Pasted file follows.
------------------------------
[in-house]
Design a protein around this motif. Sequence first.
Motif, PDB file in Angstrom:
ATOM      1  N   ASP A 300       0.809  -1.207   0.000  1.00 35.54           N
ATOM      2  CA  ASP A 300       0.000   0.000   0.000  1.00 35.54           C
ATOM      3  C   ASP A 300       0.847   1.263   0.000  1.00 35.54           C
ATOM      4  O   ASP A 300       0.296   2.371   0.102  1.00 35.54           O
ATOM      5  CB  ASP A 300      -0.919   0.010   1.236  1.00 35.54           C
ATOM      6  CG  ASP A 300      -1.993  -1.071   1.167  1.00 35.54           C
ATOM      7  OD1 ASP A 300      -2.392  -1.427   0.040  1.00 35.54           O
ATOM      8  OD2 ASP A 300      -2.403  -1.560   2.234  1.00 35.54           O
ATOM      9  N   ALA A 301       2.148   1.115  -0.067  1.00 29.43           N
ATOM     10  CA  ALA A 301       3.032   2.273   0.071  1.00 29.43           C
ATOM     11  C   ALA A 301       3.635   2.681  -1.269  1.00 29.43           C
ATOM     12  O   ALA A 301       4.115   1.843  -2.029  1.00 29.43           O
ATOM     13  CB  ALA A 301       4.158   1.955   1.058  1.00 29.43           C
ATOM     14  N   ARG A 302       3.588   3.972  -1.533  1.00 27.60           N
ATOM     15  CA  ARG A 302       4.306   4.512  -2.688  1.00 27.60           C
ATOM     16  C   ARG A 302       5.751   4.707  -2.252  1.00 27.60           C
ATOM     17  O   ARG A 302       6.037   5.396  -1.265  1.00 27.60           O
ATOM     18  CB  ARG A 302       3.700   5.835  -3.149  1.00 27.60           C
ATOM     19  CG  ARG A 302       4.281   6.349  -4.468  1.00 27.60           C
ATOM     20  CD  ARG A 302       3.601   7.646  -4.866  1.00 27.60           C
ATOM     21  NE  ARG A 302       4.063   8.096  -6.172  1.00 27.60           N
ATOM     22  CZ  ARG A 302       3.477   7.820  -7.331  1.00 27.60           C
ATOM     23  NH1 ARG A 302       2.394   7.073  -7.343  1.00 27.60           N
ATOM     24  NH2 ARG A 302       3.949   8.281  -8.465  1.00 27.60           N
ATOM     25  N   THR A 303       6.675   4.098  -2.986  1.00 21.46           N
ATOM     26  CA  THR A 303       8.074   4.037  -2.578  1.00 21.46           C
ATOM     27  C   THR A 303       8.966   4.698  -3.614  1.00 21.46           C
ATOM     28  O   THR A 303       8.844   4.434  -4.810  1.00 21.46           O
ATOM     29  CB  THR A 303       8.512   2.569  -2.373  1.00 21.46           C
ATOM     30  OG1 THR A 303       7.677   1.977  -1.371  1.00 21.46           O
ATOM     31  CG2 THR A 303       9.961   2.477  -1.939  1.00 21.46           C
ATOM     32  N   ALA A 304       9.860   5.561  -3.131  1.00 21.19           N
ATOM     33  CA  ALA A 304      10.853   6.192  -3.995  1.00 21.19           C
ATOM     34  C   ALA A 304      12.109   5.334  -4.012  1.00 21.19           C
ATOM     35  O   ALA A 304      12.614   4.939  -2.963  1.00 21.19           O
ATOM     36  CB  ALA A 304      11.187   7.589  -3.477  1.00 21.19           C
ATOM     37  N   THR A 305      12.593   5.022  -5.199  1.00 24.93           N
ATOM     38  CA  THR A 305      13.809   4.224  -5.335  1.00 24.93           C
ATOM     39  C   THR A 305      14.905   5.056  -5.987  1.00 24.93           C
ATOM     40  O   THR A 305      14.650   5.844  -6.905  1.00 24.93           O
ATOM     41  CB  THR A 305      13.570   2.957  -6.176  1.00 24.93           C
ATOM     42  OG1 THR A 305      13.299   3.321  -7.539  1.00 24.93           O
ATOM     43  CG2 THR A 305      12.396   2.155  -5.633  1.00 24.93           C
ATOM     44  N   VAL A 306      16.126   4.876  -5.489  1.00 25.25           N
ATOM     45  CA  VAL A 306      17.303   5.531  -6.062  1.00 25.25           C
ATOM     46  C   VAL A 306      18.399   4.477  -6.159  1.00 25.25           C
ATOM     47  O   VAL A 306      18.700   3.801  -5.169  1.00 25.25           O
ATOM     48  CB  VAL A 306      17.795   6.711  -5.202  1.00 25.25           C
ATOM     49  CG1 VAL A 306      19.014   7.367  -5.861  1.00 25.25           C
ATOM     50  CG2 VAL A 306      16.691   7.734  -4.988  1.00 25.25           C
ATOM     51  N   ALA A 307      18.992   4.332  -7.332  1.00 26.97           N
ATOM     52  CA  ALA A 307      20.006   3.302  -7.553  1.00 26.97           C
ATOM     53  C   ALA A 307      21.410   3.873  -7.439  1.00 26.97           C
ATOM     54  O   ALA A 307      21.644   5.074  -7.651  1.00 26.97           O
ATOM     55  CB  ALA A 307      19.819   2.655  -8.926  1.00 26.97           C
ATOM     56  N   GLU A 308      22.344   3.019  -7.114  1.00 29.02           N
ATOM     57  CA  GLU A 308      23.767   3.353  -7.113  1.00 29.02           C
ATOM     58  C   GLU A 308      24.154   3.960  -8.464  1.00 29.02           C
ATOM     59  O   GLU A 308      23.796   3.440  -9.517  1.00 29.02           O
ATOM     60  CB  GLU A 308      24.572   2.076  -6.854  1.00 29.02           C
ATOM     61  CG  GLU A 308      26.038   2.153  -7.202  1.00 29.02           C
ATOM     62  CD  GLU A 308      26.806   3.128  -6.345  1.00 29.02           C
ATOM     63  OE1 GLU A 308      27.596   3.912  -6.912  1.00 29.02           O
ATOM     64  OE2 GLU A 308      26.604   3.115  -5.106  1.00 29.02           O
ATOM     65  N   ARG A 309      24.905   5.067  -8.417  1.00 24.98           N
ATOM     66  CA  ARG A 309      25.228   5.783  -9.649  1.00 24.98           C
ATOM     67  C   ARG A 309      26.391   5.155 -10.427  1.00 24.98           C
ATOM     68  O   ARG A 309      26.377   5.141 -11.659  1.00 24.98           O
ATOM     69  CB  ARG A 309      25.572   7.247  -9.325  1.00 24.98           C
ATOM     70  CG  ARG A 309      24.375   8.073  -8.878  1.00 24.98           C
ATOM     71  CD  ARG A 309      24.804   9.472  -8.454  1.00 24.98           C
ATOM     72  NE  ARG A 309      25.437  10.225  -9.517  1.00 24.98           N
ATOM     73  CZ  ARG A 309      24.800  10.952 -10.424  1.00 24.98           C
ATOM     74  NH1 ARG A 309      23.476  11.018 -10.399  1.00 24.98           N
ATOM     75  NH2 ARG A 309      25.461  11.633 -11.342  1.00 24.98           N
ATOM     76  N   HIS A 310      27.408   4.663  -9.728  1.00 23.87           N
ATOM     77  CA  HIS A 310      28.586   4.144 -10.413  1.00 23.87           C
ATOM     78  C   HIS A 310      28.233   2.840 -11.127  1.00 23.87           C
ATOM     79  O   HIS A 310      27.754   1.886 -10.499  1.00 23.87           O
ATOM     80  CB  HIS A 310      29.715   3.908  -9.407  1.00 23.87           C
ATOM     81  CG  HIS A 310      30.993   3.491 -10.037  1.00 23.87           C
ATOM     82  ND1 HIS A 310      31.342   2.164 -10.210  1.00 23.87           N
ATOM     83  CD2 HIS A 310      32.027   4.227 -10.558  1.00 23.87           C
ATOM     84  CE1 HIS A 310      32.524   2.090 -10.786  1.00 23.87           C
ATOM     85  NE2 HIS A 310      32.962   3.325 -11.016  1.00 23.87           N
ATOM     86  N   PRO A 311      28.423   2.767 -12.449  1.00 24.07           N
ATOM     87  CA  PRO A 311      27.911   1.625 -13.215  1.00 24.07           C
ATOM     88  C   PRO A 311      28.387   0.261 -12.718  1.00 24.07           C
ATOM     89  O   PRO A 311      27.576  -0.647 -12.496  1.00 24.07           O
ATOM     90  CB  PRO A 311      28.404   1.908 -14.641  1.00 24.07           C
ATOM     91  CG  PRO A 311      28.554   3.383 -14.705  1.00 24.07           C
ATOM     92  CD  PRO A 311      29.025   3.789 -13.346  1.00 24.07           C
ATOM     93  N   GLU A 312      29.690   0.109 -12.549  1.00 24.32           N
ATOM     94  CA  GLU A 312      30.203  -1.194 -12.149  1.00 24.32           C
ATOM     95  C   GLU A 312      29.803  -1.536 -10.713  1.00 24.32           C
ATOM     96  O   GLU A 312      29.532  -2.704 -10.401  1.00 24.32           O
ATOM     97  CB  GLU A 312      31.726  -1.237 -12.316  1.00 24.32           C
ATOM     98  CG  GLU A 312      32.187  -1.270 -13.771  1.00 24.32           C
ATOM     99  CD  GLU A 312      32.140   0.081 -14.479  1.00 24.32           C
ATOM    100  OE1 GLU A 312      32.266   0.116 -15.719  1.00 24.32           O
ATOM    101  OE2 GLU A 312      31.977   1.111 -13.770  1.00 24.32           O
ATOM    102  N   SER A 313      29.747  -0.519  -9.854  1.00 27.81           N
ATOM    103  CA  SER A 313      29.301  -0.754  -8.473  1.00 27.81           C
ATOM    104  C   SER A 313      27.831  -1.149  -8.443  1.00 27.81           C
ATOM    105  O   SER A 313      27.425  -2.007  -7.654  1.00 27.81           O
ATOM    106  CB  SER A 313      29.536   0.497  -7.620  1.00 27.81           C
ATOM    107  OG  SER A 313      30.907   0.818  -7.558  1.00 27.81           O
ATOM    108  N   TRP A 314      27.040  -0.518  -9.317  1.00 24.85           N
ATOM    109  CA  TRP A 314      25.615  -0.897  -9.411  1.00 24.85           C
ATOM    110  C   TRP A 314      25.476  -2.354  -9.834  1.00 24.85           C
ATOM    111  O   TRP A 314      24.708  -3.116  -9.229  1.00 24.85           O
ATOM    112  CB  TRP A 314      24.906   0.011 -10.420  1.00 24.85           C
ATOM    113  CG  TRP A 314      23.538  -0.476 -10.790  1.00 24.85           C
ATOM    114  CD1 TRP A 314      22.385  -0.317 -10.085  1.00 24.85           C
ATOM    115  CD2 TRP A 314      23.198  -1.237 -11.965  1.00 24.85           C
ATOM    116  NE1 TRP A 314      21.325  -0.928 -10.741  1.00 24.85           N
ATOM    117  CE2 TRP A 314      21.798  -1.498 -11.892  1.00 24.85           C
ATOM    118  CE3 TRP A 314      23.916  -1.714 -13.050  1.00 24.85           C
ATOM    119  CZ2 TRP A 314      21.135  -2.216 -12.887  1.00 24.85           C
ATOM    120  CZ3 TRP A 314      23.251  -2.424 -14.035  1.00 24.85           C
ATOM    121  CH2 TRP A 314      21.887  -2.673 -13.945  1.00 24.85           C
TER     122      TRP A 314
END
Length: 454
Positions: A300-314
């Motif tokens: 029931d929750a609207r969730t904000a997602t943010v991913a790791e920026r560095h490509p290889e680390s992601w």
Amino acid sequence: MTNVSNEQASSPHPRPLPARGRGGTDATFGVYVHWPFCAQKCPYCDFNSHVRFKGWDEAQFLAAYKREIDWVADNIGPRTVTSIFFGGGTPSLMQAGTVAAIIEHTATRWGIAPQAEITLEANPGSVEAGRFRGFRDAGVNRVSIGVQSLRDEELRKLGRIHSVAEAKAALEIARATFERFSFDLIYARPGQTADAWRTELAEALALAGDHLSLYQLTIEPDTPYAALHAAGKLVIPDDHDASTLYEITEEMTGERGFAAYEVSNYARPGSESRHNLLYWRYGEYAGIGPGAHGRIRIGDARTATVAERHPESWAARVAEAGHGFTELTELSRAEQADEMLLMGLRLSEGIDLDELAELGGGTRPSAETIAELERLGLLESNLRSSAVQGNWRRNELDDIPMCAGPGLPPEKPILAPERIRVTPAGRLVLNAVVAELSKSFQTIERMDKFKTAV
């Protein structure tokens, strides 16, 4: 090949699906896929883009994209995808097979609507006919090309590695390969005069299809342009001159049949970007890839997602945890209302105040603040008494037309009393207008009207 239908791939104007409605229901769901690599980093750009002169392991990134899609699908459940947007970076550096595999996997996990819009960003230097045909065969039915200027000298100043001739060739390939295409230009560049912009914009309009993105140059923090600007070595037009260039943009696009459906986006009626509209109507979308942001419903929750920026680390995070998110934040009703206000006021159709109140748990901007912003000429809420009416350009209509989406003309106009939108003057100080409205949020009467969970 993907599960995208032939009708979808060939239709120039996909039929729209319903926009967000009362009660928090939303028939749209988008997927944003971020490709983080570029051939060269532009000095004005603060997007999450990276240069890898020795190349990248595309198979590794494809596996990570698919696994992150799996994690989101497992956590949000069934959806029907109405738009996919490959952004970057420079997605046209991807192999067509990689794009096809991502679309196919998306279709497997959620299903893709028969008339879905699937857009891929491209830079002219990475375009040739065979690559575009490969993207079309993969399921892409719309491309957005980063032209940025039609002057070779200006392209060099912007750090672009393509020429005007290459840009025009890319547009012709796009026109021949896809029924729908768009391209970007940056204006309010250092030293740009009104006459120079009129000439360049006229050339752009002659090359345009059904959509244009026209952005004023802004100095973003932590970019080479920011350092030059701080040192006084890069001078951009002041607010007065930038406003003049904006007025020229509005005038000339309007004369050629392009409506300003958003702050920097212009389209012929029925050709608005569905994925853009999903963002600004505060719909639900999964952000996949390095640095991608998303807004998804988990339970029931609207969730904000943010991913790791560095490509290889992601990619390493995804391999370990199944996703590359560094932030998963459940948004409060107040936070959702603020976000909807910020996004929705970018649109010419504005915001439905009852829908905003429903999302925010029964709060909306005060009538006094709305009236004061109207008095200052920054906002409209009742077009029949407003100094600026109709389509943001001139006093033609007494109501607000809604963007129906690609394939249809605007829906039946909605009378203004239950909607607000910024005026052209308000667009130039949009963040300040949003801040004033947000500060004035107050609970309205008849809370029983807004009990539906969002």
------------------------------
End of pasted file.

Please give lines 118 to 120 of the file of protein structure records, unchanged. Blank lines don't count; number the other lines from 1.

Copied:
ATOM    115  CD2 TRP A 314      23.198  -1.237 -11.965  1.00 24.85           C
ATOM    116  NE1 TRP A 314      21.325  -0.928 -10.741  1.00 24.85           N
ATOM    117  CE2 TRP A 314      21.798  -1.498 -11.892  1.00 24.85           C